ACLU fights Pennsylvania police on profanity arrests
By The Associated Press
PITTSBURGH Erica Upshaw was having one of those days.
The mother of three was rushing a load of groceries to her sister's house when she was pulled over by an officer who said she had made an incomplete stop.
When told her driver's license was suspended, Upshaw used a profanity to describe her day. She ended up in jail for her choice of words.
"It was so humiliating," recalled Upshaw, 28, who said she was trying to get home to tend to a 6-year-old daughter who had just lost a tooth.
The American Civil Liberties Union says that when North Braddock police arrested Upshaw in the summer of 2000 for foul language, the officers joined a growing number of police who have crossed a line drawn by the courts.
Upshaw's case is at the center of one of two lawsuits the ACLU filed last week in federal court in Pittsburgh, accusing area police departments of violating people's right to free speech. The lawsuits seek unspecified damages.
The lawsuits are intended to warn police across the nation, said Witold Walczak, executive director of the ACLU's Pittsburgh chapter. He said officers need to realize they create tremendous stress on people and should expect emotions to spill out.
Every state has laws against foul language, but the courts, including the U.S. Supreme Court, have generally agreed that the words have to be used in a violent or sexually obscene context, said John Burkoff, associate dean and law professor at the University of Pittsburgh. Uttering something vulgar or profane is not, in itself, grounds for arrest, he said.
In one case out of Michigan, Timothy Boomer, a canoeist who let loose a stream of curses after falling out of a canoe, was found guilty three years ago of violating a law against cursing in front of women and children. He was fined $75 and ordered to perform four days of community service. In April, though, an appeals court struck down the 105-year-old law and threw out the conviction.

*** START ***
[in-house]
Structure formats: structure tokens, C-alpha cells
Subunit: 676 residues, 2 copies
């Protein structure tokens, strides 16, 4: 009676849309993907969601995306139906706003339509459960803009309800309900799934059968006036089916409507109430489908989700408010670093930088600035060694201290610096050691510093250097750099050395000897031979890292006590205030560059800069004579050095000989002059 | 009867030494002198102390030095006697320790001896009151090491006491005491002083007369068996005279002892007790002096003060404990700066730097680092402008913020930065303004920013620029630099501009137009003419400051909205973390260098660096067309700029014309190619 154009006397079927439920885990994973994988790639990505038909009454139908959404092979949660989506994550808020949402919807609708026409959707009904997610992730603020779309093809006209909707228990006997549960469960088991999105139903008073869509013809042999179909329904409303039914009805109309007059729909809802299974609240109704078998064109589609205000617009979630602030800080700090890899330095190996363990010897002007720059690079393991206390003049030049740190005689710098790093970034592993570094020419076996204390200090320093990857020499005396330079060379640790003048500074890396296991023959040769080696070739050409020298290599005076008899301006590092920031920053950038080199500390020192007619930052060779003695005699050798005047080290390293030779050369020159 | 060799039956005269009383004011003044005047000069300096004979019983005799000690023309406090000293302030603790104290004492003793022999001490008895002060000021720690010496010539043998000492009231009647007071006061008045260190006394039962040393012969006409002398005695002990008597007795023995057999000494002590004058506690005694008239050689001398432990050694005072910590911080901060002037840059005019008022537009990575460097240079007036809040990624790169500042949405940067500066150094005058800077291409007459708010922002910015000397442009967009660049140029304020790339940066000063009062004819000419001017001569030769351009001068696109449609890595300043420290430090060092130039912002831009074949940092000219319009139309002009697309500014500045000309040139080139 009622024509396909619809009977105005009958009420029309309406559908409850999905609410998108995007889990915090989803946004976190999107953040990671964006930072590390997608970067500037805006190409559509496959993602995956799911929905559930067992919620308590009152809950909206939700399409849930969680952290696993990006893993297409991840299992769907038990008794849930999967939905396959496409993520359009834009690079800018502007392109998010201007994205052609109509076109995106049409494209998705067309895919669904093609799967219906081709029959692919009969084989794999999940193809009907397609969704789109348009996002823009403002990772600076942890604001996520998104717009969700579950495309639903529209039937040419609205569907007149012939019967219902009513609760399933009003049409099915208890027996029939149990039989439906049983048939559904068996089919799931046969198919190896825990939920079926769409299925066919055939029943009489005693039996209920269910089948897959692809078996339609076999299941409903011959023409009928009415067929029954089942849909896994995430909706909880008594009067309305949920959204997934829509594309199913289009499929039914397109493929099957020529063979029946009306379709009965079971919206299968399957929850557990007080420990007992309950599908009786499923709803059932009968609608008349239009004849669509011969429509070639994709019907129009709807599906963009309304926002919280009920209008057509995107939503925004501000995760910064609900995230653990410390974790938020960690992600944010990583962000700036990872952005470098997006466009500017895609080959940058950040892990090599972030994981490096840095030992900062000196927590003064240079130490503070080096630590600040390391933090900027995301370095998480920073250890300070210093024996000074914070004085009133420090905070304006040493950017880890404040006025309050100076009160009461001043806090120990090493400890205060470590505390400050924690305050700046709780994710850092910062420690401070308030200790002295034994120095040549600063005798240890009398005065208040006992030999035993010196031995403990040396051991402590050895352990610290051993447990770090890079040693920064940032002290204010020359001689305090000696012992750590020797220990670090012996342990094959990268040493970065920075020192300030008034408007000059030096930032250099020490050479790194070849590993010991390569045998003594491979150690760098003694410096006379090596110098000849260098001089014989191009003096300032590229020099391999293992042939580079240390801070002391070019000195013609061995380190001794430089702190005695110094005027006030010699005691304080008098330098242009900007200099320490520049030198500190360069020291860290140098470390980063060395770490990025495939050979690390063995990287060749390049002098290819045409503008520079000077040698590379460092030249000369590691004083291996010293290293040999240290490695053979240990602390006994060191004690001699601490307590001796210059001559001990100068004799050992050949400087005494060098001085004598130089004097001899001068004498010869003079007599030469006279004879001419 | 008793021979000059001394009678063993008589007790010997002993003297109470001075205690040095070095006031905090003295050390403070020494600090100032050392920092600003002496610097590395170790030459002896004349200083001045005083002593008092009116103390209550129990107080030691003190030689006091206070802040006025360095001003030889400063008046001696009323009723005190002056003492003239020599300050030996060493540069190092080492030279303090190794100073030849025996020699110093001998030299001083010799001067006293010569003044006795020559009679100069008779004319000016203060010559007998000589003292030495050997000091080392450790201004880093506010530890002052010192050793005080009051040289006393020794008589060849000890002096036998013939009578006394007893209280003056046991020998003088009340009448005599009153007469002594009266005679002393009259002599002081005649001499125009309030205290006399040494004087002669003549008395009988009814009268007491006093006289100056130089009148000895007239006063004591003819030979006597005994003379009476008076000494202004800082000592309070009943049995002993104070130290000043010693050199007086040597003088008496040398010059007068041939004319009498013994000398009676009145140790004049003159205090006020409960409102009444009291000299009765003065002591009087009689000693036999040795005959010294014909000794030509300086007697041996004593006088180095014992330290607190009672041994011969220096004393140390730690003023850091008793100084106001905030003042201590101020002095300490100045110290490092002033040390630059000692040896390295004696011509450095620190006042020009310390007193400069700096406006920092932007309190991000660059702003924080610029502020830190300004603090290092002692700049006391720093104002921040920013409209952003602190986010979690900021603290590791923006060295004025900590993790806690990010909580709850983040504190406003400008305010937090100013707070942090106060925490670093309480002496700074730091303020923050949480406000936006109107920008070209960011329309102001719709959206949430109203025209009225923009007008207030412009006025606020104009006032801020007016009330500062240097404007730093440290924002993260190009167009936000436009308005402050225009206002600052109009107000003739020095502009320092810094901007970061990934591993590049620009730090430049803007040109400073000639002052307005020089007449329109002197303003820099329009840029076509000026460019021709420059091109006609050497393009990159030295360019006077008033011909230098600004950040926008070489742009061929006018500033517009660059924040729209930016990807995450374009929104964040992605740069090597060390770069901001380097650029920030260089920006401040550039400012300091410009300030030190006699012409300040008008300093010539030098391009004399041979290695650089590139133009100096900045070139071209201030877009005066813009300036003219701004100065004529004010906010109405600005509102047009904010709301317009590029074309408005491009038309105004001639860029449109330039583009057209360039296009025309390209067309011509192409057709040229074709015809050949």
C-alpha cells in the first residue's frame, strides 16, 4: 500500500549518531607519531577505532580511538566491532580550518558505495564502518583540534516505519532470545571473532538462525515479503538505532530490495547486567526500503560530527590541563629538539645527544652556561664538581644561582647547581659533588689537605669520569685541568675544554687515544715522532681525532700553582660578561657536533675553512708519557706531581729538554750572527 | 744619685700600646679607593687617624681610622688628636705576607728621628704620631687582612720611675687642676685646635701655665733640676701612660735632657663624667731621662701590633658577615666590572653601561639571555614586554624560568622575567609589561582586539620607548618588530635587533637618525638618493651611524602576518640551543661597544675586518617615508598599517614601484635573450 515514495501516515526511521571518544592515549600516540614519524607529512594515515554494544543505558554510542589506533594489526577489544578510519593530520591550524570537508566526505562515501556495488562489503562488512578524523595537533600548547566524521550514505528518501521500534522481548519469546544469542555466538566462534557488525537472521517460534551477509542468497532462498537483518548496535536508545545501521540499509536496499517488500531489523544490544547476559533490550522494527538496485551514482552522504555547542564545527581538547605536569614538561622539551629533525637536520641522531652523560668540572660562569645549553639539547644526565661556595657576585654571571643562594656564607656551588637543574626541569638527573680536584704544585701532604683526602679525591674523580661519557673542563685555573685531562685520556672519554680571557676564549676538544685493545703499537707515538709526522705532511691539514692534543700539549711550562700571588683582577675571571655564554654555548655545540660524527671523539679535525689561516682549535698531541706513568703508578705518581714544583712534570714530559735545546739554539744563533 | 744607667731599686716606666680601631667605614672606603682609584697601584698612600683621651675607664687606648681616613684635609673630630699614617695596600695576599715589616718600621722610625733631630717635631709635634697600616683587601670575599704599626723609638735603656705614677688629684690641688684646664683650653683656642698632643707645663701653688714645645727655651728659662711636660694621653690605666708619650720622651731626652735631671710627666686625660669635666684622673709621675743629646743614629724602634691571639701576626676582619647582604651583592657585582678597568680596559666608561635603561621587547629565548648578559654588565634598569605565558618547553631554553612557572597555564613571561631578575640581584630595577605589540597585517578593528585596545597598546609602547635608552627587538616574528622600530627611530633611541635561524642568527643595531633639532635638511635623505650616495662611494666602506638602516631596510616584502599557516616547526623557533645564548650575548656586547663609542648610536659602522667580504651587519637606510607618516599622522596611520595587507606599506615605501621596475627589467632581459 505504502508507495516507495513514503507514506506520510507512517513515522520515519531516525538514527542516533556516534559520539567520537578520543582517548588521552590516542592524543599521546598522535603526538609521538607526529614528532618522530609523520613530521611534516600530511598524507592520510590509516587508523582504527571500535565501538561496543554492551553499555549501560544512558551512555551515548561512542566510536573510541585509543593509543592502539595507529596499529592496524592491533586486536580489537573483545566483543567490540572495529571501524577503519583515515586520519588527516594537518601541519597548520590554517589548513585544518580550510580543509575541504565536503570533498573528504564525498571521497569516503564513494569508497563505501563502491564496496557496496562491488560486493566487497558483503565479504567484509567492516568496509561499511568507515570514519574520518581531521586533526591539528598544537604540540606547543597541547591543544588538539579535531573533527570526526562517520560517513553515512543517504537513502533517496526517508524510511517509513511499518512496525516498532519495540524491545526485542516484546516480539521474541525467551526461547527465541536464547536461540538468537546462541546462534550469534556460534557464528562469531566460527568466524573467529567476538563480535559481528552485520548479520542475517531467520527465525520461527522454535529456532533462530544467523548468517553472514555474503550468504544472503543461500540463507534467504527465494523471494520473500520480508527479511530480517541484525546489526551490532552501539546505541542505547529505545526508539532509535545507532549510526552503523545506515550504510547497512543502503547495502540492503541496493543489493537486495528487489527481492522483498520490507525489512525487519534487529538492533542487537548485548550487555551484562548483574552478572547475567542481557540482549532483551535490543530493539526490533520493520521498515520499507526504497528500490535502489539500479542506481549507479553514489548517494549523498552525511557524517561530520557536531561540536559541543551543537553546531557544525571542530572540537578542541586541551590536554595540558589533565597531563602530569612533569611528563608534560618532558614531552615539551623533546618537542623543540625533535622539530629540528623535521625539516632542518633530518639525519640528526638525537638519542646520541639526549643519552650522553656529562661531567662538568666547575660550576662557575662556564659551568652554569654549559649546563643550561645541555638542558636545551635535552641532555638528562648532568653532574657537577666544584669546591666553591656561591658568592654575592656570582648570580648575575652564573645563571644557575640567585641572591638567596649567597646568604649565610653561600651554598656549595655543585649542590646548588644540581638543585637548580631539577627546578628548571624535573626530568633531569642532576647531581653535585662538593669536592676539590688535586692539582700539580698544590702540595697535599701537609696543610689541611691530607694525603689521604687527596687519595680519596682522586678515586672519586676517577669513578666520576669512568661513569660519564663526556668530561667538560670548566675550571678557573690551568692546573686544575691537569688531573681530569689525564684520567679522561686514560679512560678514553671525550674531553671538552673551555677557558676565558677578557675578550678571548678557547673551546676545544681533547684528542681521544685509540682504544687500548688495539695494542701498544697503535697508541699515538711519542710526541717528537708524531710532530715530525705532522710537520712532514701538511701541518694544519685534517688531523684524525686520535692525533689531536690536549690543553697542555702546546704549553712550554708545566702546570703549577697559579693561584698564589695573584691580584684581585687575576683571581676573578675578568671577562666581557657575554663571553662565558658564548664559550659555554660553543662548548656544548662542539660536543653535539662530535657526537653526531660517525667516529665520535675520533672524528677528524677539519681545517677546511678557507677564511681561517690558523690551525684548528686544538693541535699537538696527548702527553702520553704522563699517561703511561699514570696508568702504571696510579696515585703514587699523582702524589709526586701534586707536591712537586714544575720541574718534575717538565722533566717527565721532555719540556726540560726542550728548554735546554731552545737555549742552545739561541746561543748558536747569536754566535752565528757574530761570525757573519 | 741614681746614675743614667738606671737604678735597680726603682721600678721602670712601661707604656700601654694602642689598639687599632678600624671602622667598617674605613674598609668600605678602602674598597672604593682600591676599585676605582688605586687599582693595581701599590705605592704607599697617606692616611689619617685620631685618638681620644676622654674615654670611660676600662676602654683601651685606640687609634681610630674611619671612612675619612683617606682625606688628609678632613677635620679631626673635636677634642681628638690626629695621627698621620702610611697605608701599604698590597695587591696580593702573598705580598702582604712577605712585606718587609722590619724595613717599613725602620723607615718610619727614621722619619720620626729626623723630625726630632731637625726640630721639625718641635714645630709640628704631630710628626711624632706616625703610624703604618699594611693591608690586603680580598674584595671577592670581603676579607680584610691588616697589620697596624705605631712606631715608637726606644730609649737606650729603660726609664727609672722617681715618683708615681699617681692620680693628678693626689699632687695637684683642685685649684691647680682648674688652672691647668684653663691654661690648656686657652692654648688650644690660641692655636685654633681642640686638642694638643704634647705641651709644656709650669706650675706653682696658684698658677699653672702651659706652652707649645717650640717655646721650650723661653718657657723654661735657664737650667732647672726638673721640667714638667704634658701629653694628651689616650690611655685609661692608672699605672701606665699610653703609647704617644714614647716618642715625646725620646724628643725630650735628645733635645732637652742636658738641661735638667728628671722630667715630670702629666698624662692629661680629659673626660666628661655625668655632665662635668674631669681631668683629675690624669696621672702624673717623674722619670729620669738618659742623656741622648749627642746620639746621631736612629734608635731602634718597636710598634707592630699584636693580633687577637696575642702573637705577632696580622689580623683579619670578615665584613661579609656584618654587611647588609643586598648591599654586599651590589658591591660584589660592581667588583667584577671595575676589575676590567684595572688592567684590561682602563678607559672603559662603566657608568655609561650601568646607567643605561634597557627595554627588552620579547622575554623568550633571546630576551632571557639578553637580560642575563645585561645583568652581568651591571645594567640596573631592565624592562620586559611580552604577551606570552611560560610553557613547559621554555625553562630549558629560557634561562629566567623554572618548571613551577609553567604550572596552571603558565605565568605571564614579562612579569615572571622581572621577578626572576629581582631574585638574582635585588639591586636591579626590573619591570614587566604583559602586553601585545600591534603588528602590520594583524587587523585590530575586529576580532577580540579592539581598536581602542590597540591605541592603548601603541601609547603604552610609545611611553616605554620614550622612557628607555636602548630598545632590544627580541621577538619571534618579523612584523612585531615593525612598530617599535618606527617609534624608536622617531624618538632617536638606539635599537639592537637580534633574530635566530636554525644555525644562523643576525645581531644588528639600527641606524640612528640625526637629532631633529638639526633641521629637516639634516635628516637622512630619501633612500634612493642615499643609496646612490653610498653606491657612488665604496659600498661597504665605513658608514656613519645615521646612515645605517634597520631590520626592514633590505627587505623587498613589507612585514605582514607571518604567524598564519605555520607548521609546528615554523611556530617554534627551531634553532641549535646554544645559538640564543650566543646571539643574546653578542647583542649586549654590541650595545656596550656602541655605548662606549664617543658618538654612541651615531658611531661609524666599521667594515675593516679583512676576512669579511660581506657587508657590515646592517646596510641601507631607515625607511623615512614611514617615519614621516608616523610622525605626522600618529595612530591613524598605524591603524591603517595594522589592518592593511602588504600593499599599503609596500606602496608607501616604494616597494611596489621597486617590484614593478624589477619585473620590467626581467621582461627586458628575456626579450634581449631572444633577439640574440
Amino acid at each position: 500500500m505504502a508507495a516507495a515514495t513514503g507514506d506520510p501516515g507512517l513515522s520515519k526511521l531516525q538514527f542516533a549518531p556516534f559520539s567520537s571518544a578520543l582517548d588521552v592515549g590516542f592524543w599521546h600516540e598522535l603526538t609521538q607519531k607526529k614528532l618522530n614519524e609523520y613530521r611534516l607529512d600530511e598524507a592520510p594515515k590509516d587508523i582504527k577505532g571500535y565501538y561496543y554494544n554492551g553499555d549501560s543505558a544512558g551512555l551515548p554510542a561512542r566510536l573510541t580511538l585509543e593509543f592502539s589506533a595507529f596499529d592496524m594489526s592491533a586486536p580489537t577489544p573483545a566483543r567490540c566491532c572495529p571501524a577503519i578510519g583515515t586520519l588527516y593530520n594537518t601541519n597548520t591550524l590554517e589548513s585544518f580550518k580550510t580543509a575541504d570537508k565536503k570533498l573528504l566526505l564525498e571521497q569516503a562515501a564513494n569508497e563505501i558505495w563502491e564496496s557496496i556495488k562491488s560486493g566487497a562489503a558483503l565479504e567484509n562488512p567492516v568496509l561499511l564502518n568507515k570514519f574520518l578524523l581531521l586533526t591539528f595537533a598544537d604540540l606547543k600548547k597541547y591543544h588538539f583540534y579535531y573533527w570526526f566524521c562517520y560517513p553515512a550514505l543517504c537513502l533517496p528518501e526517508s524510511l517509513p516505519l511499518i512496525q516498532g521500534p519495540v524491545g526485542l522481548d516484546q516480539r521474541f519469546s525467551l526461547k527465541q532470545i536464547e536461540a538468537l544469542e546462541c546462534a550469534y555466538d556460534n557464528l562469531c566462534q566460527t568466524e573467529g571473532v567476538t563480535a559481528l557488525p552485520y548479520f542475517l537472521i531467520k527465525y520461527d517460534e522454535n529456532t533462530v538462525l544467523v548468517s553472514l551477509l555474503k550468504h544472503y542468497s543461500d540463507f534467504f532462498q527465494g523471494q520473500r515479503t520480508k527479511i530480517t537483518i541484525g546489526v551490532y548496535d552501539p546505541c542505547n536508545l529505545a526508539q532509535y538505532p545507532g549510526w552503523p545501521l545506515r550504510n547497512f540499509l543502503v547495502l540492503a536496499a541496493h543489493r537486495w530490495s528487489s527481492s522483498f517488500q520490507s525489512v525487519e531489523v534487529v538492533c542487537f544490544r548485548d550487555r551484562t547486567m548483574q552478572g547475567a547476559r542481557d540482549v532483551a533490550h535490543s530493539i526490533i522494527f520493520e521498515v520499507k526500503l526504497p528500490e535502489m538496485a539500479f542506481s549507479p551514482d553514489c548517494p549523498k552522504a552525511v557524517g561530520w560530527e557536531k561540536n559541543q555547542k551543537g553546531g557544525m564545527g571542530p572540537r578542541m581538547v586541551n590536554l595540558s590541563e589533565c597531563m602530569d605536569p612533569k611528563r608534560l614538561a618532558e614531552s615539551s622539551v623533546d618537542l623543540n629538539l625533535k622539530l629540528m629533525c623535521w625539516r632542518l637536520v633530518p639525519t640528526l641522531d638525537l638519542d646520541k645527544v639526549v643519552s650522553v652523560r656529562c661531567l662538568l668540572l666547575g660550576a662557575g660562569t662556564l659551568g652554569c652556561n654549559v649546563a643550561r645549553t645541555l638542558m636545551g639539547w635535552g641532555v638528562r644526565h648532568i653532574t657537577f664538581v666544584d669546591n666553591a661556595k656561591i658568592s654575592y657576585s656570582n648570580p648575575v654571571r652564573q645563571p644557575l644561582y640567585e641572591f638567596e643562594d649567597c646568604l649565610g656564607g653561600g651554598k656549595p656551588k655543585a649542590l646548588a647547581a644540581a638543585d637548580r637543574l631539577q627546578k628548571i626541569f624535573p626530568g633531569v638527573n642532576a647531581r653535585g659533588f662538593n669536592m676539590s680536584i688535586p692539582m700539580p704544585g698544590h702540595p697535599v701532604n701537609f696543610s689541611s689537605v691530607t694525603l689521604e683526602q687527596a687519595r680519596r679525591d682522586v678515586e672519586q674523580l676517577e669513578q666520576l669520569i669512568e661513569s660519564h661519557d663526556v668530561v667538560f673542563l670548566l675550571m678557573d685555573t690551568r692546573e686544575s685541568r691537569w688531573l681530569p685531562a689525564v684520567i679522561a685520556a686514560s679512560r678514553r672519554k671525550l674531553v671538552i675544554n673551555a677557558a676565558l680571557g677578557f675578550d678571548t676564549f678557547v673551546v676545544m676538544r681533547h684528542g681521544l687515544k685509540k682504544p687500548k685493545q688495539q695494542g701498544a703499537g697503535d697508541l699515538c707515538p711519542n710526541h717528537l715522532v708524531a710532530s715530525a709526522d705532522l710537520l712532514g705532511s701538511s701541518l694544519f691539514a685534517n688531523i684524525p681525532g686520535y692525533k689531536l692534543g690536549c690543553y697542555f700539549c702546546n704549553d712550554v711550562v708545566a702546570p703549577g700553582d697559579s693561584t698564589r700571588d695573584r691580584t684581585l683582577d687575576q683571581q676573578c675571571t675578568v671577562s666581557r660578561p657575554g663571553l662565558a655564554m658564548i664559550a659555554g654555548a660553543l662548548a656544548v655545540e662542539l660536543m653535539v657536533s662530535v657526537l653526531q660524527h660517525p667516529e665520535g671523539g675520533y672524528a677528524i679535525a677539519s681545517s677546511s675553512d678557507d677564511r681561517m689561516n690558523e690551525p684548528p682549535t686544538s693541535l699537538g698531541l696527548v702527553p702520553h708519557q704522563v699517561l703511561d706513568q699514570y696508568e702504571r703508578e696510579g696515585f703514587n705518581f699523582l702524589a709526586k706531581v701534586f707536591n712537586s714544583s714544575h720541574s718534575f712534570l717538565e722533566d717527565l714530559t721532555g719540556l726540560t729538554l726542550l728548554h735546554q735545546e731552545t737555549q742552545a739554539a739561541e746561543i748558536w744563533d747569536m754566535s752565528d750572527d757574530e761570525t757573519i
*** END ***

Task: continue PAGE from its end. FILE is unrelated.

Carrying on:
Jim Pasco, executive director of the National Fraternal Order of Police, disputed the notion that police are misusing the disorderly conduct laws. He said officers may feel it is necessary to arrest someone on a minor charge to prevent more serious crimes.
The ACLU said it has been receiving five or six complaints a year from western Pennsylvanians arrested for swearing. Last month, Pittsburgh police agreed to pay $275,000 to settle 32 cases brought by the ACLU, some of them involving profanity arrests.
In Upshaw's case, a judge threw out the disorderly conduct charge because her words were scatological but not sexually explicit. And a driving-without-a-license charge was dropped when it turned out that her suspension resulted from a computer glitch.
But she still ended up spending an afternoon in jail. She could have gotten up to 90 days in jail and a $300 fine on the disorderly conduct charge.
Upshaw contends she was calm and swore only once. "They were really hostile," she said. But a police report said officers warned her five times to stop cursing, and described her as "loud and belligerent."
"Our police aren't out there just to arrest people who swear," said North Braddock Police Chief Henry Wiehagen. "There had to be a little more involved than just her vocabulary."
The ACLU's second lawsuit stems from the arrest of Amy Johnson, 27, a Chatham University student, and Gregory Lagrosa, 29, a University of Pittsburgh student. Johnson swore at a passing Homestead patrol car.
Johnson claimed that the car came dangerously close to the couple in a crosswalk.
A judge dismissed the charges, again because Johnson's words were not sexually obscene.
Homestead Mayor Betty Esper is standing firmly by the town's officers. She said preventing officers from making foul-language arrests could have a harmful effect on society, particularly when it comes to teaching children manners.
"If every kid can tell officers to go to hell and if police officers go break up a fight, can the kids say, 'Go stuff yourself?' " Esper asked.
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